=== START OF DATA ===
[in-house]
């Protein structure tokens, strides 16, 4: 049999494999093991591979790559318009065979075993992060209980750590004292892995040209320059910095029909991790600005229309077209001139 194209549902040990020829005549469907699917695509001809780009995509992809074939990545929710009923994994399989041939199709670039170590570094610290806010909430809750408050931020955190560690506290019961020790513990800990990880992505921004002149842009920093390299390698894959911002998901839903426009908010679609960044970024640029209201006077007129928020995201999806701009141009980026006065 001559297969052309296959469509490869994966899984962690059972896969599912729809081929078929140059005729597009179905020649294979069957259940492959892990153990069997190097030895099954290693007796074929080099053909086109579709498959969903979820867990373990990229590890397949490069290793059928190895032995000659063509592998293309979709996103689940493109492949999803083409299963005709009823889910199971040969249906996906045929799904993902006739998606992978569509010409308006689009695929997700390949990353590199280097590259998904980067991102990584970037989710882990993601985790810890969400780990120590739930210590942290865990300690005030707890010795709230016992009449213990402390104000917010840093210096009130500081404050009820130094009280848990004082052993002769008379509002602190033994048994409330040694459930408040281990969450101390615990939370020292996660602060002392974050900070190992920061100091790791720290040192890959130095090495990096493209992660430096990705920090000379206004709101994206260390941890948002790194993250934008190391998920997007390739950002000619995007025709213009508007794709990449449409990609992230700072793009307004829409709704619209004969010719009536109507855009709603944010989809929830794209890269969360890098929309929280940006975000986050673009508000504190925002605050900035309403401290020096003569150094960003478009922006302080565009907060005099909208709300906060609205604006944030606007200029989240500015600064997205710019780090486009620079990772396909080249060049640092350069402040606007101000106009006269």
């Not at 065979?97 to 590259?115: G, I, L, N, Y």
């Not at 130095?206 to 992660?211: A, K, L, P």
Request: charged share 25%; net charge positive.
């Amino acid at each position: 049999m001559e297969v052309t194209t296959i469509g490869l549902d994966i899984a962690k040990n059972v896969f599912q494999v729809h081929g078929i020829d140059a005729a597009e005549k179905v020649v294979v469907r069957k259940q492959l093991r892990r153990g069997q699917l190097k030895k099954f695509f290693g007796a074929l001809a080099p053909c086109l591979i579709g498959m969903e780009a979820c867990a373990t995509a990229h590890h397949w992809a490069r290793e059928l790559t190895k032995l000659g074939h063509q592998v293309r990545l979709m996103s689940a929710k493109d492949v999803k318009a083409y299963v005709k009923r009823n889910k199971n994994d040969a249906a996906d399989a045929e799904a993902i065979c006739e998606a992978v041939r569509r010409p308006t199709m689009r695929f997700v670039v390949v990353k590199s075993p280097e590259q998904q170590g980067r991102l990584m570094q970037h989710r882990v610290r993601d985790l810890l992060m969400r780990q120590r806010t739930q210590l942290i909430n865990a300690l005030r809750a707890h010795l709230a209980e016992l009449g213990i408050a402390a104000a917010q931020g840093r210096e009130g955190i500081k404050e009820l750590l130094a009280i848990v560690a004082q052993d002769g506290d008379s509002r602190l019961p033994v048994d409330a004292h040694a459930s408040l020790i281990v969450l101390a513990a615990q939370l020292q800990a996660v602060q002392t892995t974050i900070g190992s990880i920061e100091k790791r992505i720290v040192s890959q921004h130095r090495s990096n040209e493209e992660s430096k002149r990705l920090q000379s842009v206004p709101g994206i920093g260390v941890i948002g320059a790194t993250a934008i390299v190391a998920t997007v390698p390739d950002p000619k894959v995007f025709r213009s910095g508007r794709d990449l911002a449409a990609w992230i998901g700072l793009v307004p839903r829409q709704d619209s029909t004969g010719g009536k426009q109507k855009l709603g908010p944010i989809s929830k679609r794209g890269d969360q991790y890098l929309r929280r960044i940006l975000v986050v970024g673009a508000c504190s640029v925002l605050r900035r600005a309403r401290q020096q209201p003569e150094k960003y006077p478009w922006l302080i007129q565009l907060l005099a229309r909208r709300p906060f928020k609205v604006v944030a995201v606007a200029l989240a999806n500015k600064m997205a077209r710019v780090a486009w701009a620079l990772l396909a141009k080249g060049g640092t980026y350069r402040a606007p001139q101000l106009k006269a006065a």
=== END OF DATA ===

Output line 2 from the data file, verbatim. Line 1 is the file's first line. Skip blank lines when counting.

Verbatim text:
């Protein structure tokens, strides 16, 4: 049999494999093991591979790559318009065979075993992060209980750590004292892995040209320059910095029909991790600005229309077209001139 194209549902040990020829005549469907699917695509001809780009995509992809074939990545929710009923994994399989041939199709670039170590570094610290806010909430809750408050931020955190560690506290019961020790513990800990990880992505921004002149842009920093390299390698894959911002998901839903426009908010679609960044970024640029209201006077007129928020995201999806701009141009980026006065 001559297969052309296959469509490869994966899984962690059972896969599912729809081929078929140059005729597009179905020649294979069957259940492959892990153990069997190097030895099954290693007796074929080099053909086109579709498959969903979820867990373990990229590890397949490069290793059928190895032995000659063509592998293309979709996103689940493109492949999803083409299963005709009823889910199971040969249906996906045929799904993902006739998606992978569509010409308006689009695929997700390949990353590199280097590259998904980067991102990584970037989710882990993601985790810890969400780990120590739930210590942290865990300690005030707890010795709230016992009449213990402390104000917010840093210096009130500081404050009820130094009280848990004082052993002769008379509002602190033994048994409330040694459930408040281990969450101390615990939370020292996660602060002392974050900070190992920061100091790791720290040192890959130095090495990096493209992660430096990705920090000379206004709101994206260390941890948002790194993250934008190391998920997007390739950002000619995007025709213009508007794709990449449409990609992230700072793009307004829409709704619209004969010719009536109507855009709603944010989809929830794209890269969360890098929309929280940006975000986050673009508000504190925002605050900035309403401290020096003569150094960003478009922006302080565009907060005099909208709300906060609205604006944030606007200029989240500015600064997205710019780090486009620079990772396909080249060049640092350069402040606007101000106009006269």